[Oliver] Stone’s films are noteworthy for the machismo that runs through them, all the way back to “Platoon” and “The Doors”. “The Doors” provides some great insight here, given that the subject, Jim Morrison, is not political, revealing the hypnotic machismo that Stone centers at the heart of American culture. The movie comes across as a love letter from Stone to Morrison. Stone’s personalized political vision is one where mass political organization and radical feminism have no place because the ultimate objective is the empowerment of a hypermasculine leader capable of positively transforming society from above.

So, it’s predictable that Stone would be seduced by Putin. He’d probably make a movie about Putin if he could find the financing for it. The flip side of Stone’s political homoeroticism is the hostile gay stereotypes that he presents in “JFK”. He would also present women in the same way if he found a place for them in his movies.

Oh, did I mentioned that Stone has been caught up in the web as the NY Daily News reported just a month ago?

While Oliver Stone defended Harvey Weinstein amid more than a dozen allegations of sexual harassment and assault, a former Playboy Playmate accused the “Platoon” director of sexual assault.

Carrie Stevens, who was best known as Playboy’s Playmate of the Month in June 1997 but also had several small movie and TV roles, claimed Thursday that Stone had grabbed her breast at a party.

The 48-year-old model told the Daily News that she was at a party at producer Ted Field’s home in honor of Stone more than 20 years ago when Stone walked up to her standing by the front door.

“He was really cocky, had this big grin on his face like he was going to get away with something,” Stevens, who was 22 at the time, told The News.

At that point, Stone “reached out and…honked it like a horn,” she said, describing him as “an immature guy in elementary school who snaps your bra.”

 

November 10, 2017

Intent to Destroy

Filed under: Armenians,Counterpunch,Film — louisproyect @ 2:05 pm

COUNTERPUNCH, NOVEMBER 10, 2017

Joe Berlinger’s reputation rests on a number of documentaries about the injustices of the judicial system including a trilogy about the trial and imprisonment of three teens in West Memphis, Arkansas falsely accused of taking part in a Satanic ritual murder of three 8-year old boys. Next came “Crude”, a film about the struggle of indigenous peoples in Ecuador to make Chevron pay for the massive despoliation of their land and water. It should not come as a big surprise that an American judge declared Chevron innocent of all charges.

His most recent film opens on November 10th at the Village East in New York and the Laemmle in Los Angeles. Titled “Intent to Destroy”, it is an examination of the Armenian genocide that took place between 1915 and 1916 and that left just under 300,000 survivors out of a population of 1,700,000 in the Anatolian heartland of the Ottoman Empire. As opposed to the Nuremberg trials that punished the Nazis and the allied powers insistence that reparations be paid to Israel, the Armenians were left with nothing. This is a sorry confirmation of the historical law that victorious nations never have to pay for their crimes. Despite being on the losing side in WWI, the Turks found themselves in the envious position of being a geopolitical asset in the hands of the West for quarantining the USSR and as a launching pad for Middle East incursions. Even Israel found Turkey to be a convenient ally. When a bill was introduced in Congress some years ago condemning Turkey for genocide, Abraham Foxman opined, “I don’t think a bill in Congress will help reconcile this issue.”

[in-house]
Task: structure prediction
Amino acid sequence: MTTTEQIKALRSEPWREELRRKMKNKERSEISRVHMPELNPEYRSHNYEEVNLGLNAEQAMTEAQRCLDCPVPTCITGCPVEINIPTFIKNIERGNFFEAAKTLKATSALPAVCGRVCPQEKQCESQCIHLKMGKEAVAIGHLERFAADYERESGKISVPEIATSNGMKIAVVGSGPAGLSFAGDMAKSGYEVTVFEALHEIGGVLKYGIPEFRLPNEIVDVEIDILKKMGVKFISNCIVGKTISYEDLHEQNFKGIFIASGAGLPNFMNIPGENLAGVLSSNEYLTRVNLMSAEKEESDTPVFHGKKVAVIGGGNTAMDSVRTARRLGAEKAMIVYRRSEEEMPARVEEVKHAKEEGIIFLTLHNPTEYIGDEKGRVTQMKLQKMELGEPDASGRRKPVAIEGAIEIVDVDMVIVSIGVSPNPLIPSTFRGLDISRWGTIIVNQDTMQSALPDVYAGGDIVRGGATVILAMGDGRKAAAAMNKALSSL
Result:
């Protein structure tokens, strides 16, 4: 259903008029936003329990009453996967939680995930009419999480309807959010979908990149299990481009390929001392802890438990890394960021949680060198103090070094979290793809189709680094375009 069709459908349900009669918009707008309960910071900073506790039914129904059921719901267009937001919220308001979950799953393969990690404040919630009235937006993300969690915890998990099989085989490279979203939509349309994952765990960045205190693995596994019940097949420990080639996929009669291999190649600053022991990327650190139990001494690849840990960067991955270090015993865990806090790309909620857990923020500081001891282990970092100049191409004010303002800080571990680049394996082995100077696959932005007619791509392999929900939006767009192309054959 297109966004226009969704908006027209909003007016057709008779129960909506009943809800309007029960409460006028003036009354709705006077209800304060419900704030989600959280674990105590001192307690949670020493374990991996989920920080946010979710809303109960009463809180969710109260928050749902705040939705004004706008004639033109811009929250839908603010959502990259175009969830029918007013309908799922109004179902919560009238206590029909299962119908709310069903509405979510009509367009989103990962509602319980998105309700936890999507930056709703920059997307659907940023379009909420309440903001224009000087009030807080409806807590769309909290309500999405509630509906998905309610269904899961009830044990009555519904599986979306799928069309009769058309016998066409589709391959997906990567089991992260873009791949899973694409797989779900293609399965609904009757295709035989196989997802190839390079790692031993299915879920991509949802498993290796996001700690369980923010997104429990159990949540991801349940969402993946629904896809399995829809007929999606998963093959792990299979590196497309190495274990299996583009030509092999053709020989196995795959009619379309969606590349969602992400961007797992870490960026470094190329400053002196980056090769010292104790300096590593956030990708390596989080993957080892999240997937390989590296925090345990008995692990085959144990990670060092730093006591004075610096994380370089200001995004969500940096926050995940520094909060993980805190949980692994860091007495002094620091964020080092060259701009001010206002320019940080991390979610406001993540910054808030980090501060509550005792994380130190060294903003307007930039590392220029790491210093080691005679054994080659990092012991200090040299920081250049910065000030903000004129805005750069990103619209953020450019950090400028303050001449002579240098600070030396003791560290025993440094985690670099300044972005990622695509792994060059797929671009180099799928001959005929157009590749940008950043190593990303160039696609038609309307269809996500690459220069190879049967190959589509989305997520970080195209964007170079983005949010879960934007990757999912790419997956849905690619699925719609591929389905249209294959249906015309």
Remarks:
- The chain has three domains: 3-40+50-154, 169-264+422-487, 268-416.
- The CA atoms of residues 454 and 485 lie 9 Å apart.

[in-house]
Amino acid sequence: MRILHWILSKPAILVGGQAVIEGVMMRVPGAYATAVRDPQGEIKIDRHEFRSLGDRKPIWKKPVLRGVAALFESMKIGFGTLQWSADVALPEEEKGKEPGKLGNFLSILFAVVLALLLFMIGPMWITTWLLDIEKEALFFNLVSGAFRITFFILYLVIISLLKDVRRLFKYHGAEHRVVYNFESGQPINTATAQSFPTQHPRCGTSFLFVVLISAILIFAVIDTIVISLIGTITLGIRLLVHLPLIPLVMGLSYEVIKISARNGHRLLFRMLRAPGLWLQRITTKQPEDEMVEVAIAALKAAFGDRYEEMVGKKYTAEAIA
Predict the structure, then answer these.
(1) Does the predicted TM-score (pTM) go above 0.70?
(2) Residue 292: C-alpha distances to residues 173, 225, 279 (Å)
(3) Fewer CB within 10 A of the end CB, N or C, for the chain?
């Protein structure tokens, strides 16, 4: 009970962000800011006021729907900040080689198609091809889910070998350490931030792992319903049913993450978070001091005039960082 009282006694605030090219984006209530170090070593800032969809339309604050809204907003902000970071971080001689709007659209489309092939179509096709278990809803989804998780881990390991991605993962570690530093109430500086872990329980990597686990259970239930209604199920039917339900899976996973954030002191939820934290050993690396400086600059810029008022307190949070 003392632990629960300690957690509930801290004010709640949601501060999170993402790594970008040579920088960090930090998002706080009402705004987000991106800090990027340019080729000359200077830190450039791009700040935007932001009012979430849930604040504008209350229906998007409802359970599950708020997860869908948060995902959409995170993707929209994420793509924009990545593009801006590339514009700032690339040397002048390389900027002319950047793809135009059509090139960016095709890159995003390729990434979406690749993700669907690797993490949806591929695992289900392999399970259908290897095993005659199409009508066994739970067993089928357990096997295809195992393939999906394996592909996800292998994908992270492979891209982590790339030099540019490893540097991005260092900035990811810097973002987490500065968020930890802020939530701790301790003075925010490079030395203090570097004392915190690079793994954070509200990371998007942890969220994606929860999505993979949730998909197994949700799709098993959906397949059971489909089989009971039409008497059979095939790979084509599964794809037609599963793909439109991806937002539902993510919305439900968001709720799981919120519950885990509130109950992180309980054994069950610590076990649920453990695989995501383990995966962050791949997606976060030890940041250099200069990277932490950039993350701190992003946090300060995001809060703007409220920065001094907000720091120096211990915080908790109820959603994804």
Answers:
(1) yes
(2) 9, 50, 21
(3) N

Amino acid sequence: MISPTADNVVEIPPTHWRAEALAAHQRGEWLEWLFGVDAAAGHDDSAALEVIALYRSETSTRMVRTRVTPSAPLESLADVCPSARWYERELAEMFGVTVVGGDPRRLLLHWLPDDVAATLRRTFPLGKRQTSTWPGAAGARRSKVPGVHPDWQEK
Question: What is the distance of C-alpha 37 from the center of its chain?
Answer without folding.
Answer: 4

Continue reading

November 8, 2017

Requiem for a running back

Filed under: Film,health and fitness,sports — louisproyect @ 9:08 pm

In choosing the title “Requiem for a Running Back” for her profoundly moving documentary about football and CTE, director Rebecca Carpenter, the daughter of its subject Lew Carpenter, might have had the 1956 teleplay by Rod Serling in mind. Serling’s “Requiem for a Heavyweight” starred Jack Palance as the boxer Harlan “Mountain” McClintock, who is at the end of his career and already showing signs of dementia pugilistica or “punch drunk syndrome”. In telling the story of her father, who was a halfback with the Green Bay Packers and other teams from 1953 to 1963, she conveys the same kind of dramatic intensity Serling brought to his teleplay. As is so often the case, the truth of a documentary reaches heights that no fiction can reach. The film, which opens on Friday at the Cinema Village in New York and the Gene Siskel Film Center in Chicago, now has the inside track for my pick as best documentary of 2017.

Jack Palance played Harlan “Mountain” McClintock, someone for whom boxing was all he ever knew and terrified of trying something new—so much so that he signed up for a fight even though doctors warned that it might kill him. After Lew Carpenter’s football career came to an end, he started a new career as a coach under Vince Lombardi who he idolized. As he approached middle age, Carpenter began to exhibit the traits that all CTE sufferers display: loss of memory, depression, fits of anger, and intellectual deficits. But when he was coaching, they were kept under control. It was only when he could no longer coach that they escalated radically to the point of breaking up his marriage and creating a deep estrangement with his daughters, one of whom was Rebecca Carpenter destined to graduate from Harvard University and begin a career in television, film, and education. With a mission to discover who her father was through interviews with former players who knew him probably better than she did—his surrogate sons—and her obvious grasp of the art of the documentary, she has made a film for the ages.